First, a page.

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Wed, May. 13th, 2009 09:24 am
Ravished, in America, by India

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jermynsavile
jermynsavile
jermynsavile
Wed, May. 13th, 2009 05:34 pm (UTC)

I spent about ten years closely involved with the Sikh and Hindu communities in England and always loved the colours of women's saris. Parties and weddings would see some extraordinary colours and combinations. At weddings the women can change outifts four or five times during the course of the day. It can be quite a display. I would always be disappointed when I went to similar events predominantly populated by westerners where the then standard uniform for men and women tended to be fatigue pants and either monochrome or camouflage. It was a bleak old time to be going out.

The colours you are celebrating are generally limited to the women though. Young Indian males tend to wear bog standard American hip hop wear like everyone else and middle-aged men a standard party uniform of white shirt/black trousers that made them all look like waiters (sports shirts and dark trousers when at home). The older men can look more interesting though, with a mix of colonial-influenced styles and traditional dress.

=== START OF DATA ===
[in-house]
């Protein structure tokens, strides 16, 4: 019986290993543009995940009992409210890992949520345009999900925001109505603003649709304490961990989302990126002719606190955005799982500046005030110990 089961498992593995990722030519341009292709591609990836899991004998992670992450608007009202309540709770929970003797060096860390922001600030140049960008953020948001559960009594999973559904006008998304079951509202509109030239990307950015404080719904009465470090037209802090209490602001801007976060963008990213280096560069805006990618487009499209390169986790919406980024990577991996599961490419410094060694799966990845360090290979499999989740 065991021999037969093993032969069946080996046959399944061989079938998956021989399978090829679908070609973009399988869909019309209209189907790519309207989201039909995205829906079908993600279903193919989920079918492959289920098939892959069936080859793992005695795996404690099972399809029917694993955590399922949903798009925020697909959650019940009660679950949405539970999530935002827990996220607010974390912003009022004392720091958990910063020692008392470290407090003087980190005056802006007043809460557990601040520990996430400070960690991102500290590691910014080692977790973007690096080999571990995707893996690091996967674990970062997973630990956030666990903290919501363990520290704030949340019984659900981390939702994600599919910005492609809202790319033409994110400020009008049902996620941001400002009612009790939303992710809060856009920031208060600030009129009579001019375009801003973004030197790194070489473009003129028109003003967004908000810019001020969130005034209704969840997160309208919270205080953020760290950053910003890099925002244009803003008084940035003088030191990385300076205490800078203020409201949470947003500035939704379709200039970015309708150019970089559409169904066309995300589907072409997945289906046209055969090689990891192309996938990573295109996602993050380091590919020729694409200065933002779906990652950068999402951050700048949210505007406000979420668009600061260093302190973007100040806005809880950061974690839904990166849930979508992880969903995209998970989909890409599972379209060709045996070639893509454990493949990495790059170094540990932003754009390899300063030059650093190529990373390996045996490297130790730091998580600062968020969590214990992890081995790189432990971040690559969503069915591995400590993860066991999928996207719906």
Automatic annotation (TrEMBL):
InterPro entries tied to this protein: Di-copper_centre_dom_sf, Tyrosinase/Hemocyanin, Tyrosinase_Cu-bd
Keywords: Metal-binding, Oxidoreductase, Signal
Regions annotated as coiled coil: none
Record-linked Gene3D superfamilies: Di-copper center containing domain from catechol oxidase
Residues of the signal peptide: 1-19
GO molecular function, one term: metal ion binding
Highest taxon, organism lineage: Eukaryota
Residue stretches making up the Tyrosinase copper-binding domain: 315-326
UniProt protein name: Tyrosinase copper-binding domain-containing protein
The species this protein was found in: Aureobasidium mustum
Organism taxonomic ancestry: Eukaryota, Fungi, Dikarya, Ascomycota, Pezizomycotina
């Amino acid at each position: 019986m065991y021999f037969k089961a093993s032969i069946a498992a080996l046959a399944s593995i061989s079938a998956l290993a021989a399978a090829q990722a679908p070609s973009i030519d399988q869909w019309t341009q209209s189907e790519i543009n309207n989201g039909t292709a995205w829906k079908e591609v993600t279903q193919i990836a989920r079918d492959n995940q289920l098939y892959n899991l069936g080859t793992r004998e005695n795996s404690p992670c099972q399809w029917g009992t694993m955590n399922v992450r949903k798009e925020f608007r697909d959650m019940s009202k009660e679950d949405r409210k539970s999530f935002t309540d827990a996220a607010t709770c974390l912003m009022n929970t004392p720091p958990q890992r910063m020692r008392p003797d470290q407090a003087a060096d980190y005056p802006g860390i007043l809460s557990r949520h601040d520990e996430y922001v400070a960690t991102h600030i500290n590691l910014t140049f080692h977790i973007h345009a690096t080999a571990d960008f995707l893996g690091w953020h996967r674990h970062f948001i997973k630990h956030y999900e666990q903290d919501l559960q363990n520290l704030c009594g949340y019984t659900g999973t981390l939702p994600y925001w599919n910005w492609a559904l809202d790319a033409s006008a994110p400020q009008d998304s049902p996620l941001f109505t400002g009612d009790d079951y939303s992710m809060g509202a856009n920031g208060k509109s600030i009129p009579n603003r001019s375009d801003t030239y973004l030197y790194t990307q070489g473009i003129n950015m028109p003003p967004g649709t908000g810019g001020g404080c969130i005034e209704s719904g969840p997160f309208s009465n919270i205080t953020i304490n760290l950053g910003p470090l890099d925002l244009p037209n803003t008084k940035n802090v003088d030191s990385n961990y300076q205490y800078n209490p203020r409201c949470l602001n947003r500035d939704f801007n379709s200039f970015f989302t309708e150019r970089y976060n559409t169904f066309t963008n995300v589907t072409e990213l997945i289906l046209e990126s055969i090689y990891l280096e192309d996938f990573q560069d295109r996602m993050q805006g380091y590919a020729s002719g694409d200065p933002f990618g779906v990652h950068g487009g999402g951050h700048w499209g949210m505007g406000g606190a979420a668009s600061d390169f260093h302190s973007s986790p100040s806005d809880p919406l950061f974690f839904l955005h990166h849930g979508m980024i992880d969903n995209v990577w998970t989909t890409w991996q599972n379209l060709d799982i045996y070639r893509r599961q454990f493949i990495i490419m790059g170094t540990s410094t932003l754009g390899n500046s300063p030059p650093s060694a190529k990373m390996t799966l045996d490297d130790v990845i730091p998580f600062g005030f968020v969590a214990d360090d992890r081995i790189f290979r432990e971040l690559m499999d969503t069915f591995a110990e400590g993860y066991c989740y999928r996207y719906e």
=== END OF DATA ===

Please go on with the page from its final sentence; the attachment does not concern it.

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(Anonymous)
Wed, May. 13th, 2009 09:38 pm (UTC)
Saris ARE a feminist issue

I agree that it's more of a gender issue. Indian men puffing on cigarettes will condemn Indian women for doing the same. Women wear saris while their husbands wear slacks. Hub or spoke world - women will be expected to conform to standards that men do not. Be it a veil or a sari.

Until the huddles masses cast off the yoke of ethnicity we'll never know what exciting new social forms will be found, or how they will dress.


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